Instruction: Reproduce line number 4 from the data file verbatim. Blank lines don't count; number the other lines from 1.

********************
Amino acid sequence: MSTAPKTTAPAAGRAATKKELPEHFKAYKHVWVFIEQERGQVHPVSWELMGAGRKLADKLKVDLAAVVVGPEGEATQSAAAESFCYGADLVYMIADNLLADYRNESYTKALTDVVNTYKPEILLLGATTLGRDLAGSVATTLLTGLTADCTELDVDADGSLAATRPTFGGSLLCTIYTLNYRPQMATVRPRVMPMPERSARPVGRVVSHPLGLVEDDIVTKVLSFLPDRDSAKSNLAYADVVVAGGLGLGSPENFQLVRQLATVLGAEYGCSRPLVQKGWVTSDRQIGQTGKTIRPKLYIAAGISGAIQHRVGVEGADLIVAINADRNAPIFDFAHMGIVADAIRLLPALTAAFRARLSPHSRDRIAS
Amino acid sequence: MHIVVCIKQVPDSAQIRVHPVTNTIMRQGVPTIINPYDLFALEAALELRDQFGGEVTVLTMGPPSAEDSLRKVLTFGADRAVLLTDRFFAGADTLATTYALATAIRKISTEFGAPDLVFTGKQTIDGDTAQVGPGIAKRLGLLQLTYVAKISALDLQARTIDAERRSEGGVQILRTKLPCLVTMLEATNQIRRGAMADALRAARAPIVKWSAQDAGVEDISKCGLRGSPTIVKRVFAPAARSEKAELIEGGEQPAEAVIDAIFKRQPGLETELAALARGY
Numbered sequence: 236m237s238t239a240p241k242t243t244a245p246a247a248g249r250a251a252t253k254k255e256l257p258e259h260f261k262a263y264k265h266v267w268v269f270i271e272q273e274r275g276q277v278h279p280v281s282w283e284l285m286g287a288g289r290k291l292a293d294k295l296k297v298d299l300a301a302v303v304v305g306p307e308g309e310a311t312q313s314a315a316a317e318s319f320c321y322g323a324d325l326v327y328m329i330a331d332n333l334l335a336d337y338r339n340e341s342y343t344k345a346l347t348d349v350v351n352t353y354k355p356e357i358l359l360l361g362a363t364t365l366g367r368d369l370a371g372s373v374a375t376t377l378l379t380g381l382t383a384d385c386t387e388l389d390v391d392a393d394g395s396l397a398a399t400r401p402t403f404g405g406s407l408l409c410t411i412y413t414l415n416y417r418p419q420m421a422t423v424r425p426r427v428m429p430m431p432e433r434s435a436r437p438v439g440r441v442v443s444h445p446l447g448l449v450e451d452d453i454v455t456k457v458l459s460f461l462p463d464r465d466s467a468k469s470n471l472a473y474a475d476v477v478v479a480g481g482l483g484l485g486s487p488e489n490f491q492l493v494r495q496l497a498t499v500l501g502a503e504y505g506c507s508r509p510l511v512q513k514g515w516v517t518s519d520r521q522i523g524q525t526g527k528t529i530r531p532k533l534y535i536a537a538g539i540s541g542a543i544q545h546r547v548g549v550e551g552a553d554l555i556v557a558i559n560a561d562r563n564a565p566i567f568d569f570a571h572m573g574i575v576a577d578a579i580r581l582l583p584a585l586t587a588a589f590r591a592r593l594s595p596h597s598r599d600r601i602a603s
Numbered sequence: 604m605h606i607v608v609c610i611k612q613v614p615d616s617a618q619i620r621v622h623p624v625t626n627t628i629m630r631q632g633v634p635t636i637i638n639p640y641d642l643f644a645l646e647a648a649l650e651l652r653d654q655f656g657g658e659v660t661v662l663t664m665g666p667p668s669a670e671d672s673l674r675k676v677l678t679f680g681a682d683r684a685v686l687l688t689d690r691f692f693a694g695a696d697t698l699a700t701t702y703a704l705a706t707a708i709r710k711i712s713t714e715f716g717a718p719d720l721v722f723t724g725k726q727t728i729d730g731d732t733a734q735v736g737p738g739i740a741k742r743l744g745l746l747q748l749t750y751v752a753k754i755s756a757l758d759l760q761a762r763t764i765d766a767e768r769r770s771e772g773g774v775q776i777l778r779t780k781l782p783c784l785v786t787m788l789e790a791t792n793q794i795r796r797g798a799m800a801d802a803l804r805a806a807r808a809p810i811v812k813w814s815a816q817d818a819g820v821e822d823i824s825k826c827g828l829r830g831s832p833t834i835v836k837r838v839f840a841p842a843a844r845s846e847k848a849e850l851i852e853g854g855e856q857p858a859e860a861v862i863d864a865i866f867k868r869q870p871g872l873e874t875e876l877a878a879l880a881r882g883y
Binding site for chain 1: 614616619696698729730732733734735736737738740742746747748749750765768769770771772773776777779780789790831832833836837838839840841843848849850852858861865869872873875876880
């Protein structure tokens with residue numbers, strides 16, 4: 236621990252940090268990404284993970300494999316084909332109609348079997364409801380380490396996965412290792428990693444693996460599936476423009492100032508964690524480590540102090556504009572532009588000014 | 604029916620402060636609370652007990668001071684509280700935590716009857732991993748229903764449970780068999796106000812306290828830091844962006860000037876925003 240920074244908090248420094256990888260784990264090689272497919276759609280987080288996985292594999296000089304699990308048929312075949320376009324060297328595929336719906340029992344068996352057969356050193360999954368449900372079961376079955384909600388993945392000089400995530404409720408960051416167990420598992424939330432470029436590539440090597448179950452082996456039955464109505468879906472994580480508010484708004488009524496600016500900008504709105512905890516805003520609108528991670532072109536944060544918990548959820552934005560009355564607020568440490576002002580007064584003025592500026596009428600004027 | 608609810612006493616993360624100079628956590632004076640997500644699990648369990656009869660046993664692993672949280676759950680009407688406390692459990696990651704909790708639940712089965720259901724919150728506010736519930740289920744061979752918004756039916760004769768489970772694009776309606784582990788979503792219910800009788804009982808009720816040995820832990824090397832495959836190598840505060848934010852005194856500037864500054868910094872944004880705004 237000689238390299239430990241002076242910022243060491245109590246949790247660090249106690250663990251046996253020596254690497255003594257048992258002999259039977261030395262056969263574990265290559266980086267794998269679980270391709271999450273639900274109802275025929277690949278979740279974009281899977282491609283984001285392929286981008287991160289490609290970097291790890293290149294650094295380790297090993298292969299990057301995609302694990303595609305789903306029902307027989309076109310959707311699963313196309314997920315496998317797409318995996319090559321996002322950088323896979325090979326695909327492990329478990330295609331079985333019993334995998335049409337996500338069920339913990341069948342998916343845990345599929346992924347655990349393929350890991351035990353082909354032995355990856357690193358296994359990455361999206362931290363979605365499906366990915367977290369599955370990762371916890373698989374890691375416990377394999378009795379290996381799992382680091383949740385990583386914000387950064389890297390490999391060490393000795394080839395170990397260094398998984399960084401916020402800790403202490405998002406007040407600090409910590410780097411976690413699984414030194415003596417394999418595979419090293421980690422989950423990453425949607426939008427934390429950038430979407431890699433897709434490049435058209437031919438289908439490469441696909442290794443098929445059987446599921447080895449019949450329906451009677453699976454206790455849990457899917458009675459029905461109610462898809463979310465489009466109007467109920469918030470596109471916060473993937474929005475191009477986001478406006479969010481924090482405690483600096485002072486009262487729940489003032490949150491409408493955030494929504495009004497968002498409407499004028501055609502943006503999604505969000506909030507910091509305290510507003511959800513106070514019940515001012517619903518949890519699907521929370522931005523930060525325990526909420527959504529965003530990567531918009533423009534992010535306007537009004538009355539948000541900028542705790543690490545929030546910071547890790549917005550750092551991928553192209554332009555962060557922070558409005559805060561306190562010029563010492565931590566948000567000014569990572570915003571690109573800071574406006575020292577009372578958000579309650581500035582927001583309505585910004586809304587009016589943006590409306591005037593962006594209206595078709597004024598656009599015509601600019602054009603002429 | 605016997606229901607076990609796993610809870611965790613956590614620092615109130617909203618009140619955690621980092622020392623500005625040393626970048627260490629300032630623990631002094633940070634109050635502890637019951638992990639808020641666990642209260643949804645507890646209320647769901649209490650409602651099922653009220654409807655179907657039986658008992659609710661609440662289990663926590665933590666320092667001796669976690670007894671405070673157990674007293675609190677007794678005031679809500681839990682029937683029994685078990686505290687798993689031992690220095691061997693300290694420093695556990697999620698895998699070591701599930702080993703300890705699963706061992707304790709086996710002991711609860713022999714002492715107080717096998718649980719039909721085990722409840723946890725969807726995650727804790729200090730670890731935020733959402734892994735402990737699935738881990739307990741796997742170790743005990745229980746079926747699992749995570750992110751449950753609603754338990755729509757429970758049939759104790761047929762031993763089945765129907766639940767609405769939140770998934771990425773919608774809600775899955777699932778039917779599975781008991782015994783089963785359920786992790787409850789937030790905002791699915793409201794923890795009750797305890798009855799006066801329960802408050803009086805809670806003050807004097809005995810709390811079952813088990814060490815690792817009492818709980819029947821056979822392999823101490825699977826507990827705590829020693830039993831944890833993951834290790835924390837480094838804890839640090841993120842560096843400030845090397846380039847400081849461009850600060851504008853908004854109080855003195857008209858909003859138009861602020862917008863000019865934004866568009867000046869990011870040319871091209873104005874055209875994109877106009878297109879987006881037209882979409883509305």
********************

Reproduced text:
Numbered sequence: 604m605h606i607v608v609c610i611k612q613v614p615d616s617a618q619i620r621v622h623p624v625t626n627t628i629m630r631q632g633v634p635t636i637i638n639p640y641d642l643f644a645l646e647a648a649l650e651l652r653d654q655f656g657g658e659v660t661v662l663t664m665g666p667p668s669a670e671d672s673l674r675k676v677l678t679f680g681a682d683r684a685v686l687l688t689d690r691f692f693a694g695a696d697t698l699a700t701t702y703a704l705a706t707a708i709r710k711i712s713t714e715f716g717a718p719d720l721v722f723t724g725k726q727t728i729d730g731d732t733a734q735v736g737p738g739i740a741k742r743l744g745l746l747q748l749t750y751v752a753k754i755s756a757l758d759l760q761a762r763t764i765d766a767e768r769r770s771e772g773g774v775q776i777l778r779t780k781l782p783c784l785v786t787m788l789e790a791t792n793q794i795r796r797g798a799m800a801d802a803l804r805a806a807r808a809p810i811v812k813w814s815a816q817d818a819g820v821e822d823i824s825k826c827g828l829r830g831s832p833t834i835v836k837r838v839f840a841p842a843a844r845s846e847k848a849e850l851i852e853g854g855e856q857p858a859e860a861v862i863d864a865i866f867k868r869q870p871g872l873e874t875e876l877a878a879l880a881r882g883y